Methodist Church


WFP Historical Society

Contributed from the 1972 Audubon Pilgrimage Booklet
by the WFP Historical Society

Many people coming to Feliciana in the early 1800's praised the country but decried the uncouth ways of the frontier. They saw in organized religion of a Protestant persuasion the only remedy. roman Catholicism was the established religion of the Spanish, but His Most Catholic Majesty was exceedingly tolerant of others faiths in his zeal to attract settlers to West Florida. One could keep his faith, though not in public, and even this edict was loosely observed. Lorenz Dow, the fiery Methodist zealot, is known to have preached in this area as early as 1803, and other itinerants passed in and out. James A. Ranaldson, a Baptist missionary, established a small church on the banks of little Bayou Sara in 1818. Withal, the country seemed godless to some. Archibald Davis, a young man from Kentucky who came down river in February 1819, to be an overseer, wrote home:


"I am very well pleased with the country though would be a great deal more so if there was any Society in it. People in this Country are very wicked as there appears to be no Revival of Religion. There are one Society of Baptists in this neighborhood consisting of about ten in number. I can hear of no other Society within twenty miles..."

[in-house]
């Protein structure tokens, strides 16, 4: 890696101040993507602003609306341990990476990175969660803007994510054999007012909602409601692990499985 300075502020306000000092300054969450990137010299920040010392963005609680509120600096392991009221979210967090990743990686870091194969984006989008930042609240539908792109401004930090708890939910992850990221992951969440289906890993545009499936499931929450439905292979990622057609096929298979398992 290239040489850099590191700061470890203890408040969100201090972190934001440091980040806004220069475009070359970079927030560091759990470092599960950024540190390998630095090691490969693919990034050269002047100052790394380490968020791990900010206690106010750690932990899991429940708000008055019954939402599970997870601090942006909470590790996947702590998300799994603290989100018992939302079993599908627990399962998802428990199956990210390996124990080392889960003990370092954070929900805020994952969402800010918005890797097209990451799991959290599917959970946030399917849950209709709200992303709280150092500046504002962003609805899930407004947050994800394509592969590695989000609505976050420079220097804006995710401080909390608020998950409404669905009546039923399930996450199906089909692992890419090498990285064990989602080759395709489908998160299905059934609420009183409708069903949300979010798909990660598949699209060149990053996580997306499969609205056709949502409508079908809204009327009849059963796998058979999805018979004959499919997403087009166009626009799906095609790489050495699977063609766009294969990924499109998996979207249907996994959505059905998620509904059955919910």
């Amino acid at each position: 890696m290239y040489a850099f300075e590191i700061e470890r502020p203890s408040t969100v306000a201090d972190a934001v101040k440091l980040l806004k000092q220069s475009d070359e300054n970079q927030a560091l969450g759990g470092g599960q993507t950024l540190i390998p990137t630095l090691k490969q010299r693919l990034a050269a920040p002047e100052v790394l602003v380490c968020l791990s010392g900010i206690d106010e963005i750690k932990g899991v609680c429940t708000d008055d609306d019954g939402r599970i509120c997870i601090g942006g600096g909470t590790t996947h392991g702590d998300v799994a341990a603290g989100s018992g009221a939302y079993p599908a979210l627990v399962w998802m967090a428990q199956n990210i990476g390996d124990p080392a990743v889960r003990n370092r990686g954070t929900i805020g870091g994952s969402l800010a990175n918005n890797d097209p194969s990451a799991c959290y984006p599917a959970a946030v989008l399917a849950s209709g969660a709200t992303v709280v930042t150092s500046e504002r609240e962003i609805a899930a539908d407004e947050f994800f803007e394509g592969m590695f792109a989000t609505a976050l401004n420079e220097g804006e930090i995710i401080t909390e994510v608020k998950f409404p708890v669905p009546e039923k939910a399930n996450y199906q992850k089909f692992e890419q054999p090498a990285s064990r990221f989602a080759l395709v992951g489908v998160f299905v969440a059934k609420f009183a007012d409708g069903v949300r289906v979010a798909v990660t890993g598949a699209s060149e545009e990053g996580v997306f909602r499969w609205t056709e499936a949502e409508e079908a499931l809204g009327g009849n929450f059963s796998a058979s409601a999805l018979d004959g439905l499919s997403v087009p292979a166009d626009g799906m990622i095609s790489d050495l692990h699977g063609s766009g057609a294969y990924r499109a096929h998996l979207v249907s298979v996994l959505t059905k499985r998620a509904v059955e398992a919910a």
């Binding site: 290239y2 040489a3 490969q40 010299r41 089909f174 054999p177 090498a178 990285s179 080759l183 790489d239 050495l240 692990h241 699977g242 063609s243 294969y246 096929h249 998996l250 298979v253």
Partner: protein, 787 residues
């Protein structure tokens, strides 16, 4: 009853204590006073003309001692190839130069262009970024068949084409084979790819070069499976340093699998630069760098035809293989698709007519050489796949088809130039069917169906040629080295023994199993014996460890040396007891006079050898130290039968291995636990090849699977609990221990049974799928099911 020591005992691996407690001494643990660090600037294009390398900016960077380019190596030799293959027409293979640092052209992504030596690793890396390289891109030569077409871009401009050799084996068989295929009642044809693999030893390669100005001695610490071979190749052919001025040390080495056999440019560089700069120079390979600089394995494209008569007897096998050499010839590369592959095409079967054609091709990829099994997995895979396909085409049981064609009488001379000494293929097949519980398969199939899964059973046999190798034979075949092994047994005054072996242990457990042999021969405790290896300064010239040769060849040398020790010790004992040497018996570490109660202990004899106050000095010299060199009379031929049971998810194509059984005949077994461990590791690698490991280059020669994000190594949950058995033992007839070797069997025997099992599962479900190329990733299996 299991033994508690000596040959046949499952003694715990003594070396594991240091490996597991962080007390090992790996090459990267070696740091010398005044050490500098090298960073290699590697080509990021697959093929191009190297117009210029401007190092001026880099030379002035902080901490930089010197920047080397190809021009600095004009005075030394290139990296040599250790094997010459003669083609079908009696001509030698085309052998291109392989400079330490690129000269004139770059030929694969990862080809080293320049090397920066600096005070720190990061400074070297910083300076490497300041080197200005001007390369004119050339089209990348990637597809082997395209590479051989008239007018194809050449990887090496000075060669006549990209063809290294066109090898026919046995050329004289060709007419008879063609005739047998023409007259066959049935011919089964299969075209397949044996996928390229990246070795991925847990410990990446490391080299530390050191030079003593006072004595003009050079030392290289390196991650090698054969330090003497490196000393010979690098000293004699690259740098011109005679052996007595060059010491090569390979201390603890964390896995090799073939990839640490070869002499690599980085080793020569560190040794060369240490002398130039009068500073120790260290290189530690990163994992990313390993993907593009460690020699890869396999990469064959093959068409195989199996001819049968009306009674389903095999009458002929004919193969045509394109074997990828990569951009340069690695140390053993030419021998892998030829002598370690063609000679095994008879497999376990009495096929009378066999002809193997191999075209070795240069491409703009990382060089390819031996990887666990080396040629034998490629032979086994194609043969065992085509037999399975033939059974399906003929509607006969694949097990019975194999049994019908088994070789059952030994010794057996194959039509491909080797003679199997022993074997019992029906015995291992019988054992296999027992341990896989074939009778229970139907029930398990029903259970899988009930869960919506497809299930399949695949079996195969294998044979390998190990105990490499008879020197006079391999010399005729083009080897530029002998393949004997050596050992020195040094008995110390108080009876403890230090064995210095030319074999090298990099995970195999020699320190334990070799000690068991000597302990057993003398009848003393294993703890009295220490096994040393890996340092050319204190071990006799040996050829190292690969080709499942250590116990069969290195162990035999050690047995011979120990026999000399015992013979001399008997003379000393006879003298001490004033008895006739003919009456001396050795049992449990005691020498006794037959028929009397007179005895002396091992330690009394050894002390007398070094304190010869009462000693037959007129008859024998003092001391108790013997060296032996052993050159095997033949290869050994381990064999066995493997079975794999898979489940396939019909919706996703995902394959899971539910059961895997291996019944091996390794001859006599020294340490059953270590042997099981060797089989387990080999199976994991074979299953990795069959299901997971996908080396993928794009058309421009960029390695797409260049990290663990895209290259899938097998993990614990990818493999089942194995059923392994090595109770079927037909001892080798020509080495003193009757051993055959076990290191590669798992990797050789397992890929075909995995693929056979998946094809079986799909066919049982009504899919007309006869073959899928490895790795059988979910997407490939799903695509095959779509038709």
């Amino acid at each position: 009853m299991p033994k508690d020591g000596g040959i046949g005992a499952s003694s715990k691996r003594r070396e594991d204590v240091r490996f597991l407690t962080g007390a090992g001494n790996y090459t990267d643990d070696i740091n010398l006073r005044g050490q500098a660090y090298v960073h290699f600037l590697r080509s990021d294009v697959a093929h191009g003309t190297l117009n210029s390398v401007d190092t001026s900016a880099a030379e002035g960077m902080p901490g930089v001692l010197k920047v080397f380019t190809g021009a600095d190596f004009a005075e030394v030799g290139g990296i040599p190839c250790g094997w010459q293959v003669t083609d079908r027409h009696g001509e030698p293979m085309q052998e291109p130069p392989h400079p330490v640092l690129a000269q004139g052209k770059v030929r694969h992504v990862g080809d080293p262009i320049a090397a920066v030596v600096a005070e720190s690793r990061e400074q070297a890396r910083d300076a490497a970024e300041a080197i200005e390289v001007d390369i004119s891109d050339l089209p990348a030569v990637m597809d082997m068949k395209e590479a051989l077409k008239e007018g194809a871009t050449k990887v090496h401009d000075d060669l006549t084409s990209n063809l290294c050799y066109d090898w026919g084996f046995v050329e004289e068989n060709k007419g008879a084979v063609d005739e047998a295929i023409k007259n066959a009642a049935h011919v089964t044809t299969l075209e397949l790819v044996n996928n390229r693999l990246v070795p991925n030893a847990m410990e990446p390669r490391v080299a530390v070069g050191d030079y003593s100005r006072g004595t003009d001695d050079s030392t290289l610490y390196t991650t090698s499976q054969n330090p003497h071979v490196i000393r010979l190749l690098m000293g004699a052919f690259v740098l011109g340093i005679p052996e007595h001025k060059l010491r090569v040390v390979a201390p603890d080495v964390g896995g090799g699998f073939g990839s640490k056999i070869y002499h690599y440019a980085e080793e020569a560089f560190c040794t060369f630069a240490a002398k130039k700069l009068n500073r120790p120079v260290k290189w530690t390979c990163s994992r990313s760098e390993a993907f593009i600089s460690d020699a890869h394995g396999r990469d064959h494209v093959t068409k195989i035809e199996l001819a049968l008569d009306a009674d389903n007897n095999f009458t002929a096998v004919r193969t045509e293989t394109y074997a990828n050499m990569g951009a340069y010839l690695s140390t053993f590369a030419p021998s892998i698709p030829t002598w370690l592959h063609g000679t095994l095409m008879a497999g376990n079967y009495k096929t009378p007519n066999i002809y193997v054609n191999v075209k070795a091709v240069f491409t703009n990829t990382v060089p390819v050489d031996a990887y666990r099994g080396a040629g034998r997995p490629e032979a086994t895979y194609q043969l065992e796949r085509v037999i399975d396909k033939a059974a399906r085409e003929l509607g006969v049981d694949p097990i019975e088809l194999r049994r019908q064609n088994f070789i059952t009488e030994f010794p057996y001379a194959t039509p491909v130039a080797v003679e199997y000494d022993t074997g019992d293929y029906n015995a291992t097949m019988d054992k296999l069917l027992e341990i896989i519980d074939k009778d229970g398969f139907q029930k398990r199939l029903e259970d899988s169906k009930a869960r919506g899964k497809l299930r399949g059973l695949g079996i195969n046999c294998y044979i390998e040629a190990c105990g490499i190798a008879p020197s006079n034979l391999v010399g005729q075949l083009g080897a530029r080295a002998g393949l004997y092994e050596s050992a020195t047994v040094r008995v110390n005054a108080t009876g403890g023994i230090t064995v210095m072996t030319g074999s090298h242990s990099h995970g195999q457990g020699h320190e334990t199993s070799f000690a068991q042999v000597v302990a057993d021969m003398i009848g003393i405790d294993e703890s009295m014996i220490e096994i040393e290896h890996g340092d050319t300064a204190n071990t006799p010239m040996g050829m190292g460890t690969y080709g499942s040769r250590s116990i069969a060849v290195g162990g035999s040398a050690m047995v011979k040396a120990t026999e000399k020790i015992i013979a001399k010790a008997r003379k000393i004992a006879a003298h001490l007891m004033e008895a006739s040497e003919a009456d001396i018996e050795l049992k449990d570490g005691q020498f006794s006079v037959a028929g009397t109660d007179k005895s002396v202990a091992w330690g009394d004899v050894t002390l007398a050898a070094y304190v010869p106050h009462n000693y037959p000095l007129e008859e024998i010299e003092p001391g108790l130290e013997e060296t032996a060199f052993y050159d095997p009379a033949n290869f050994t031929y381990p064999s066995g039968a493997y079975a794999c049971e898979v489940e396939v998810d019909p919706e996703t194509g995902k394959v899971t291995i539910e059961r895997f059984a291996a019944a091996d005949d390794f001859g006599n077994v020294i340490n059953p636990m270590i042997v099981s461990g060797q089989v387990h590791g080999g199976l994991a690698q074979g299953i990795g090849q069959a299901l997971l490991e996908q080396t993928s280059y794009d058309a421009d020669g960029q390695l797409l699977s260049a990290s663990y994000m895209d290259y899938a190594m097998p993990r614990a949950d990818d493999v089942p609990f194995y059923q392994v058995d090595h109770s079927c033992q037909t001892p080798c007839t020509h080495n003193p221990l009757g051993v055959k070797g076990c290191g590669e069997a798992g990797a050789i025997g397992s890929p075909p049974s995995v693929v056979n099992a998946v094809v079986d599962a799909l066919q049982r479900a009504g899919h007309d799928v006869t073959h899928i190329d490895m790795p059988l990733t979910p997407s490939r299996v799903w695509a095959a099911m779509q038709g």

The god-fearing did try. American Roman Catholics tried in 1817; Protestants of all stripes joined in incorporations -- the vehicle of faith was no issue --the same names appear on the charter of Ranaldson's Baptists, who purchased lots in St. Francisville in 1823, as on the sale of the same lots to the Presbyterians in 1830. In 1827, they appeared on the charter of Grace Episcopal Church, which, of all the attempts, was the most enduring one, probably because of the calibre of its early rectors.

In 1844, Methodists built a handsome, colonial-styled church in Bayou Sara and in 1899 built their present church in St. Francisville, using the bell from the old church. In 1882, Baptists organized a church in an old plantation cotton gin, and in 1939 relocated in St. Francisville. In 1901, the re-established Presbyterians purchased the former synagogue to the Jewish congregation. Many folds from a frontier flock.



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